Geography G1 WJEC GCSE - Case Studies

The case studies for WJEC G1 Geography GCSE Exam.

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  • Created by: Chris
  • Created on: 13-06-12 19:05

High Force Waterfall

- Located on the River Tees.

- Rock consists of Dolerite (hard volcanic) and Limestone (soft).

- A gorge is cut through the landscape upstream where the waterfall has retreated due to erosion.

- Footpaths and a viewing point for tourists.

- "Penine Way Footpath" to walk alongside.

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Boscastle Flood - General

- Flood occurred on 16th August 2004.

- On the River Valency

- In Cornwall

- It was in the afternoon.


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Boscastle Flood: Causes

Causes

- Steep valley channeled the water and helped it to travel to the river quicker. (short lag time)

- The ground was already saturated from previous rainfall. 

- Vegetation near the river was knocked down and obstructed the flow of water at the bridge, acting as a dam.

- Impermeable rock (slate) in the ground and tarmac in the vilage meant that there was Rapid Surface Runoff causing the water to travel to the river faster.

- Normally 120mm of rain in August     The flood caused 200mm of rain over 4hrs

- It was a freak rain storm (caused by global warming)

- The river source is 280m above sea level so steep gradient so water flowed fast

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Boscastle Flood: Effects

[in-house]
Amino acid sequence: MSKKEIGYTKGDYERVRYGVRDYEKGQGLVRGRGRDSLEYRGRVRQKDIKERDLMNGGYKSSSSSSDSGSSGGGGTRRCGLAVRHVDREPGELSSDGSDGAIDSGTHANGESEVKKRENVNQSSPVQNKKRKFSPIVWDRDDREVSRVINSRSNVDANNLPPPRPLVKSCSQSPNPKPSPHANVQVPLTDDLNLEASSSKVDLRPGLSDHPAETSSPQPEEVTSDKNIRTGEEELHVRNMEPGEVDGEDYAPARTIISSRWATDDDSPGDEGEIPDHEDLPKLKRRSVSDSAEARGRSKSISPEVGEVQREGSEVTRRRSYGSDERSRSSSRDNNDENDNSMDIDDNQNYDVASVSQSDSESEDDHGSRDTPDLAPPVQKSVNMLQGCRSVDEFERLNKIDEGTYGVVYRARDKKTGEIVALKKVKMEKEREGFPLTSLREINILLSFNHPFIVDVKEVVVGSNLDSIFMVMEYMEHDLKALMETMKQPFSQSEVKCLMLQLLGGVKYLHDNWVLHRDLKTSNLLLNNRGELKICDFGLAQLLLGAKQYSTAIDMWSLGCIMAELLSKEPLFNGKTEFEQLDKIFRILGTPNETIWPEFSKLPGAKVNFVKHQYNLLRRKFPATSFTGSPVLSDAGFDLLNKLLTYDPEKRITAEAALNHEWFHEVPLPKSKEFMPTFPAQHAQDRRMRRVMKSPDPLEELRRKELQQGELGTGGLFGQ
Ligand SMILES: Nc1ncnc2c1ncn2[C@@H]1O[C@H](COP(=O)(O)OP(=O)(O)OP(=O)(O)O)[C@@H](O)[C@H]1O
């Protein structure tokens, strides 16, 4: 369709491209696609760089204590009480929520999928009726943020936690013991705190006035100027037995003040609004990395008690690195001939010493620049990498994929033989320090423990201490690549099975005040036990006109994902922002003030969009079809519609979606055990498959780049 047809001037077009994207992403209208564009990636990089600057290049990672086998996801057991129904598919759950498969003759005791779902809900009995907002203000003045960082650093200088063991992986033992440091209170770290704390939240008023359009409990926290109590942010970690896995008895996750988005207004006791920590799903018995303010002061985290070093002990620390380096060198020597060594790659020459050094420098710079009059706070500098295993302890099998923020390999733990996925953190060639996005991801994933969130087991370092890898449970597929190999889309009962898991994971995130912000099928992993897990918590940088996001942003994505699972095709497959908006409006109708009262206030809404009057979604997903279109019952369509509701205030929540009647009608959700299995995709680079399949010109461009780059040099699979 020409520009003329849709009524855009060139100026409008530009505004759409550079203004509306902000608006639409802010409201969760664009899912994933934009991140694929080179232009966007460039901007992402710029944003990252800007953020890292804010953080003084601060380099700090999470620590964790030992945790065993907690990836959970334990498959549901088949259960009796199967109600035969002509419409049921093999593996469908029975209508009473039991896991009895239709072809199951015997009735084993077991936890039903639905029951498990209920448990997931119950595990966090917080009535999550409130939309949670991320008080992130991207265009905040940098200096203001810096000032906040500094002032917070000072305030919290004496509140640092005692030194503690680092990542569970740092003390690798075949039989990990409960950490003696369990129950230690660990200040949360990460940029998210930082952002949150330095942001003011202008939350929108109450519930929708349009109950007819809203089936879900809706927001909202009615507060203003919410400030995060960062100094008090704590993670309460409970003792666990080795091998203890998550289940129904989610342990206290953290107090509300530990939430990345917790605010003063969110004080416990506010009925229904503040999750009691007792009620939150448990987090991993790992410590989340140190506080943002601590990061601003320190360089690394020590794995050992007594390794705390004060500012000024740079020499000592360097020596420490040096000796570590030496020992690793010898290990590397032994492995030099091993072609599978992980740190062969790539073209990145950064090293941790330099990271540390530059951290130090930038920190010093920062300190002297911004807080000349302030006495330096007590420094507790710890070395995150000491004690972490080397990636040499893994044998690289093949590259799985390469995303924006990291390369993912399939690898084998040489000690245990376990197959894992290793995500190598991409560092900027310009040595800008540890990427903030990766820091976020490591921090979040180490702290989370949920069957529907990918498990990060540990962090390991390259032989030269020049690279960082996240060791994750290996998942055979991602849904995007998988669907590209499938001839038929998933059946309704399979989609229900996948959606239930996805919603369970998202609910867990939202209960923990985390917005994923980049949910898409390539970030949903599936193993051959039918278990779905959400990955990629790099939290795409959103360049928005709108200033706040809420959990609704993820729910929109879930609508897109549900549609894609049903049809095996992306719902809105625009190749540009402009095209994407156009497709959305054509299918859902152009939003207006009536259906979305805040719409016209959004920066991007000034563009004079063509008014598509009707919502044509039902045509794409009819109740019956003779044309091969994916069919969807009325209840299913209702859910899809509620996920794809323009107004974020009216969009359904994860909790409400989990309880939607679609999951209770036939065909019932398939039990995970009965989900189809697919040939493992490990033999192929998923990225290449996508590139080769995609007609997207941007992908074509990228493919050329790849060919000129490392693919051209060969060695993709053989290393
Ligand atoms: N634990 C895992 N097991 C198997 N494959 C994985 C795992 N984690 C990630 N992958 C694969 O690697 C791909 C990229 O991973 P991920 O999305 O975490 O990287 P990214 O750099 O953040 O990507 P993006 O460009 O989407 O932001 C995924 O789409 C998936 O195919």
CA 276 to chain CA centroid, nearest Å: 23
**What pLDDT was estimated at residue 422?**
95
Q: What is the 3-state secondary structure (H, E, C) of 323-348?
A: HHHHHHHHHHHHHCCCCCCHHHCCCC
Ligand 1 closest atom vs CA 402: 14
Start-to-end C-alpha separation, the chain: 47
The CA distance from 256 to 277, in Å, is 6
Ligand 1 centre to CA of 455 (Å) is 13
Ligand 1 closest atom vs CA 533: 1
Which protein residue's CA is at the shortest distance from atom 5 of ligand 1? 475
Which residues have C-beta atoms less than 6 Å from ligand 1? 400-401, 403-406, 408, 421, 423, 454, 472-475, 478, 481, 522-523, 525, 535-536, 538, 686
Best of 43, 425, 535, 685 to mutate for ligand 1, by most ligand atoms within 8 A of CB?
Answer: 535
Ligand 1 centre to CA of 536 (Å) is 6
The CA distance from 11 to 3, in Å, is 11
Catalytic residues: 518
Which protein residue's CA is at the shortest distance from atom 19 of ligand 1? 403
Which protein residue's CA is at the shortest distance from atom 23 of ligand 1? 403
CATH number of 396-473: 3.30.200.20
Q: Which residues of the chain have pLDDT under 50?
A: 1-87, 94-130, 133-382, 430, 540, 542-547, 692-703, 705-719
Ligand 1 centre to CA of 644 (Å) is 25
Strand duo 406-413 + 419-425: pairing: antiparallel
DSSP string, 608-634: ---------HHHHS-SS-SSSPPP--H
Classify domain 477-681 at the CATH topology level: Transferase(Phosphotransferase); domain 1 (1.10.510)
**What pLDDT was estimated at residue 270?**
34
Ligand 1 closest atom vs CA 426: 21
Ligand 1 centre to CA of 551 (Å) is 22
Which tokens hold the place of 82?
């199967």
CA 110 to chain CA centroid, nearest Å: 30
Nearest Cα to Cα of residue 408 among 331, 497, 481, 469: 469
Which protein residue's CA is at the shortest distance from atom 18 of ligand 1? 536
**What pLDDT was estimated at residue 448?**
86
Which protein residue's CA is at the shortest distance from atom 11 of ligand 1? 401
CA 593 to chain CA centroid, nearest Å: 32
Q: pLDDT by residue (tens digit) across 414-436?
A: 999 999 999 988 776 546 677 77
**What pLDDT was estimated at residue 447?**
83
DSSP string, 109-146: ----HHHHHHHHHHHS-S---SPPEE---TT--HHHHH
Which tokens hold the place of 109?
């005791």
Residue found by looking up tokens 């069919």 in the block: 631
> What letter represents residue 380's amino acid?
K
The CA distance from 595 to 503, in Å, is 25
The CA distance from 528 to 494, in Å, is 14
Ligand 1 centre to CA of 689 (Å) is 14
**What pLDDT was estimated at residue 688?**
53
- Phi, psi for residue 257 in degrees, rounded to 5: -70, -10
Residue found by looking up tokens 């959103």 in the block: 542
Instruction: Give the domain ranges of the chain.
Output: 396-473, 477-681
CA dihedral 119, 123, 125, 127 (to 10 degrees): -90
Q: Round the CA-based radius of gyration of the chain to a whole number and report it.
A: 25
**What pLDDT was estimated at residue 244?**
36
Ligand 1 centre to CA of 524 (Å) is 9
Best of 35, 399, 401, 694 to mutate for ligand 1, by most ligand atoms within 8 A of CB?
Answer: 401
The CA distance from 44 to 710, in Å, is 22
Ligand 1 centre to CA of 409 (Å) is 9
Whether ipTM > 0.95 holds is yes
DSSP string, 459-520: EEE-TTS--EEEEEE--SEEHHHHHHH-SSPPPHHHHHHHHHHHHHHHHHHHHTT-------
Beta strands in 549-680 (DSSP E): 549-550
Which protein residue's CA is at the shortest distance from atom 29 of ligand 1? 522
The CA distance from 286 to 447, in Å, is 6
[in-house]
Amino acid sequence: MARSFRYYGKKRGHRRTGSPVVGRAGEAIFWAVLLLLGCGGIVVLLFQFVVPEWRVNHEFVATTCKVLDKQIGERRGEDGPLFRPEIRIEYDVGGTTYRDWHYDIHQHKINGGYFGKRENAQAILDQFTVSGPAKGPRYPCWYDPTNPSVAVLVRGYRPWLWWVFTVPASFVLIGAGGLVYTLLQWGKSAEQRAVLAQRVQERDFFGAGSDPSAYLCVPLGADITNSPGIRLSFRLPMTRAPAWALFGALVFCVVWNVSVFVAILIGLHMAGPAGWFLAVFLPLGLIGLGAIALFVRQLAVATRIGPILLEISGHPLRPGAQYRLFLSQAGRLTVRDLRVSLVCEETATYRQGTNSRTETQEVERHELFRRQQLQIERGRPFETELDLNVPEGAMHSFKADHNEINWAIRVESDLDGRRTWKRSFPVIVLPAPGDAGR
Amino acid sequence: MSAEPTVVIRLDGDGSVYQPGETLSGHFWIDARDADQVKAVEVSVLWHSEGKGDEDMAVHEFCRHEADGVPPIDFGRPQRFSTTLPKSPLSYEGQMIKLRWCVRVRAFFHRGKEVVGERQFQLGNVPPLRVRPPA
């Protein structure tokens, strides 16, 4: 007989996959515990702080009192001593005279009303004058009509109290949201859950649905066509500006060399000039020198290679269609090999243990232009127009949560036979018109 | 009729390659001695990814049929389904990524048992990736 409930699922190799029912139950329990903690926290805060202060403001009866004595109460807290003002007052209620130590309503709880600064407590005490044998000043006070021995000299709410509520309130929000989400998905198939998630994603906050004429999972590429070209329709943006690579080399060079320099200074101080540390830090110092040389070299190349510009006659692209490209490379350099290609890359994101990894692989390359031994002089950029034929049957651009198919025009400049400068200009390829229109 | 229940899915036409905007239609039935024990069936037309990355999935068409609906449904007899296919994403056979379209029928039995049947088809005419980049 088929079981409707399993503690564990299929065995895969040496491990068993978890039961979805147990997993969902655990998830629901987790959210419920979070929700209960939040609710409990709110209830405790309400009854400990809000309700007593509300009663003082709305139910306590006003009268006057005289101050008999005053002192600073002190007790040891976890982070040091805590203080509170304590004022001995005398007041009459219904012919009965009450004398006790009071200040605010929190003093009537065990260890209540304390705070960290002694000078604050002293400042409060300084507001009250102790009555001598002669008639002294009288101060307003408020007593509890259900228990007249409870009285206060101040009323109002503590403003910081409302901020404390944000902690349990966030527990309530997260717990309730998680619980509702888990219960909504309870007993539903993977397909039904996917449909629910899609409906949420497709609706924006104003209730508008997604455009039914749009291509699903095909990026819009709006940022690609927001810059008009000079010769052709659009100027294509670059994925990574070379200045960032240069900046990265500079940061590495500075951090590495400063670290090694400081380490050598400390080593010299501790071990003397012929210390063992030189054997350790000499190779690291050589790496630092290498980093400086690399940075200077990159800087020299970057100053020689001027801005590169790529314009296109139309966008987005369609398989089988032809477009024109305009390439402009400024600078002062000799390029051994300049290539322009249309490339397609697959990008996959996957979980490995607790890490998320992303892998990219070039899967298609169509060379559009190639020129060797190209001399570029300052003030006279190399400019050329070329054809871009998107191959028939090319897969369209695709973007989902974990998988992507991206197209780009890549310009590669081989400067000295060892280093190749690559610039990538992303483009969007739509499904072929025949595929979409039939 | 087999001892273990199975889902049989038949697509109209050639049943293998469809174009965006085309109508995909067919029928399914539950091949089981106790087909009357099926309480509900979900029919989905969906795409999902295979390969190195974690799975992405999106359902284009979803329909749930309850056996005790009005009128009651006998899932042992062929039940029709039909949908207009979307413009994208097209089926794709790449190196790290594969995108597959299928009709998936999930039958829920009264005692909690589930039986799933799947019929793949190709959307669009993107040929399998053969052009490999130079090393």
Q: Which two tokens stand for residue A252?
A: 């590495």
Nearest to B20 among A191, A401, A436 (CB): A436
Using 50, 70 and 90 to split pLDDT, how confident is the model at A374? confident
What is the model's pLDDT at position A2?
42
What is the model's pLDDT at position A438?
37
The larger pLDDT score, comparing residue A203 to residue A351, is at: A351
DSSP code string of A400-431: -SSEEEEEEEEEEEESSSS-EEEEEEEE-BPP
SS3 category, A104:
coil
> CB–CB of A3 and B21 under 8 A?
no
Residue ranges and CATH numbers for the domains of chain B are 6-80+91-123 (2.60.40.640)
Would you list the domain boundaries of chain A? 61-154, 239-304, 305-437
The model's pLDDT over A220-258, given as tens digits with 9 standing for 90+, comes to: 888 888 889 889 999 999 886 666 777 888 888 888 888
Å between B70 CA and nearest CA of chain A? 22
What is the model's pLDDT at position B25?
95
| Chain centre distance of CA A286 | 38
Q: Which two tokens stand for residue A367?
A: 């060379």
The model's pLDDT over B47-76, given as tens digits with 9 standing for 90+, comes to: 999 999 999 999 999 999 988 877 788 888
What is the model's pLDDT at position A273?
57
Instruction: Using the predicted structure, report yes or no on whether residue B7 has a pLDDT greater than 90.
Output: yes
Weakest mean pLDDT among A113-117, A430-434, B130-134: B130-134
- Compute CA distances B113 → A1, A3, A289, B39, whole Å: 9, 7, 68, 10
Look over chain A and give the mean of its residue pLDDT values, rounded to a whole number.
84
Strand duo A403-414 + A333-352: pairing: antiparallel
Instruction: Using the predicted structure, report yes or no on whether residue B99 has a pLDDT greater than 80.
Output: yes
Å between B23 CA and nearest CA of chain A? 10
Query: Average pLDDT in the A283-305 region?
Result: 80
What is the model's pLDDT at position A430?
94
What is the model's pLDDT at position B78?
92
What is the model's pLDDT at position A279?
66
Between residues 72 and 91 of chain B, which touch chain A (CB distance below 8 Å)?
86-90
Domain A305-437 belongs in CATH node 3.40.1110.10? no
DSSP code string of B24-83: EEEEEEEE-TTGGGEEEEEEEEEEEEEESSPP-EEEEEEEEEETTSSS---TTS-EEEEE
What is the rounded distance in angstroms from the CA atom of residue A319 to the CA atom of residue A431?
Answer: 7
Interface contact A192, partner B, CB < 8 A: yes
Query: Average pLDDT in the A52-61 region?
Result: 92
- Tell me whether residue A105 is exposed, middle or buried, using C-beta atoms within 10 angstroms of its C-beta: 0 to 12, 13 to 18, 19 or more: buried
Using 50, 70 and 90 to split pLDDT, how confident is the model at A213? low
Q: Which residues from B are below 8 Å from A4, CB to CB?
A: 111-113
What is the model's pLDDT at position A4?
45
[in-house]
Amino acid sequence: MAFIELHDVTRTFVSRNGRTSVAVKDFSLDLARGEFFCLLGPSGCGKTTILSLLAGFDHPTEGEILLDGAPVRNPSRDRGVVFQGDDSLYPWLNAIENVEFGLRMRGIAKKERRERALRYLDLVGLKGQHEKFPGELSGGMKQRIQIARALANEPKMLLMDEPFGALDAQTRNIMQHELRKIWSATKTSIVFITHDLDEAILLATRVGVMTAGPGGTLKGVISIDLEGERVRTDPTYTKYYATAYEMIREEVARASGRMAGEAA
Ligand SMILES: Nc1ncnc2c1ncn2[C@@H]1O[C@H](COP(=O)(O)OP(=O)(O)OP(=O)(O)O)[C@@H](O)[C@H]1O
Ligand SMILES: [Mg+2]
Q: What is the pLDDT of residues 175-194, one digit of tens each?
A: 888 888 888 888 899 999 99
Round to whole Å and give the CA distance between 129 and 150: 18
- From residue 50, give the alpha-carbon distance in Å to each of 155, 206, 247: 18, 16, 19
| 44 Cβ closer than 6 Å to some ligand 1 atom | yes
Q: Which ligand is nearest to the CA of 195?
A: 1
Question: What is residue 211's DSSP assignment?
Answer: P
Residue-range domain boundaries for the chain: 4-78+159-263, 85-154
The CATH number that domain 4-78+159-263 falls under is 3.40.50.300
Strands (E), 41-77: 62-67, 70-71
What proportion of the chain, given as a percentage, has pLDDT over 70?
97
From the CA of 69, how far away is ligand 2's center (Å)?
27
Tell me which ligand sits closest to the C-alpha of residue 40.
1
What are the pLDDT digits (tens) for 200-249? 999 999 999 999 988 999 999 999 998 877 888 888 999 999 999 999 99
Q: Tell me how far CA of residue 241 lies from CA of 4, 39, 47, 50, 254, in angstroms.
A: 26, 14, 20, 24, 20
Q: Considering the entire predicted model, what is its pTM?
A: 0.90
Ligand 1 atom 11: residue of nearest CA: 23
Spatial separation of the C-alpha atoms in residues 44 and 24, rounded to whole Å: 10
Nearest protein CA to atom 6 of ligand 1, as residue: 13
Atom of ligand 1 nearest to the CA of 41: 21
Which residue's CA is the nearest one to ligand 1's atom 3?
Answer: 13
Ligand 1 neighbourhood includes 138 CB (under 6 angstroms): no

- Businesses destroyed.

- Insurance costs rose for the area after the flood.

- Homes and personal belongings destroyed.

- 80 cars washed away.

- Abrasion of the river bed and banks.

- Heavy Deposition as river loses energy further downstream.

- £300 million of damage.

- 100 people airlifted to safety, no deaths

- 37 buildings damaged

- 5 buildings destroyed

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Boscastle Flood: Solutions

- Make the river channel wider and deeper (hard engineering).

- Move the car park to higher ground.

- Build a debris catching facility upstream (wire mesh to catch sediment & boulders)

- Remove vegetation near the river.

- Make the two bridges taller and wider.

- Flood defence wall (all defences worth £4.6 million).

- Create an area of slower movement upstream to get debris deposited before it gets to the village (Braided River, soft engineering).

- Early warning systems to be warned of a flood in time to evacuate the villagers and nearby livestock.

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Kobe Earthquake: General

- Occurred on 17th January 1995

- 5:46 am

- Lasted 20 seconds

- Magnitude 7.2 Richter Scale

- In Kobe, Japan

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Kobe Earthquake: Causes

- On a destructive plate boundary.

- The focus point was closer to the surface (16km) than in normal circumstances.

- Epicentre was close to a heavily populated area. 

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Kobe Earthquake: Effects

- £100 billion in building and infrastructure damages.

- 5000 people killed.

- 300,000 people homeless.

- Many older wooden buildings collapsed. Newer buildings survived the quake.

- Fires broke out over the city.

- 1300+ aftershocks.

- Industry temporarily destroyed.

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Kobe Earthquake: Solutions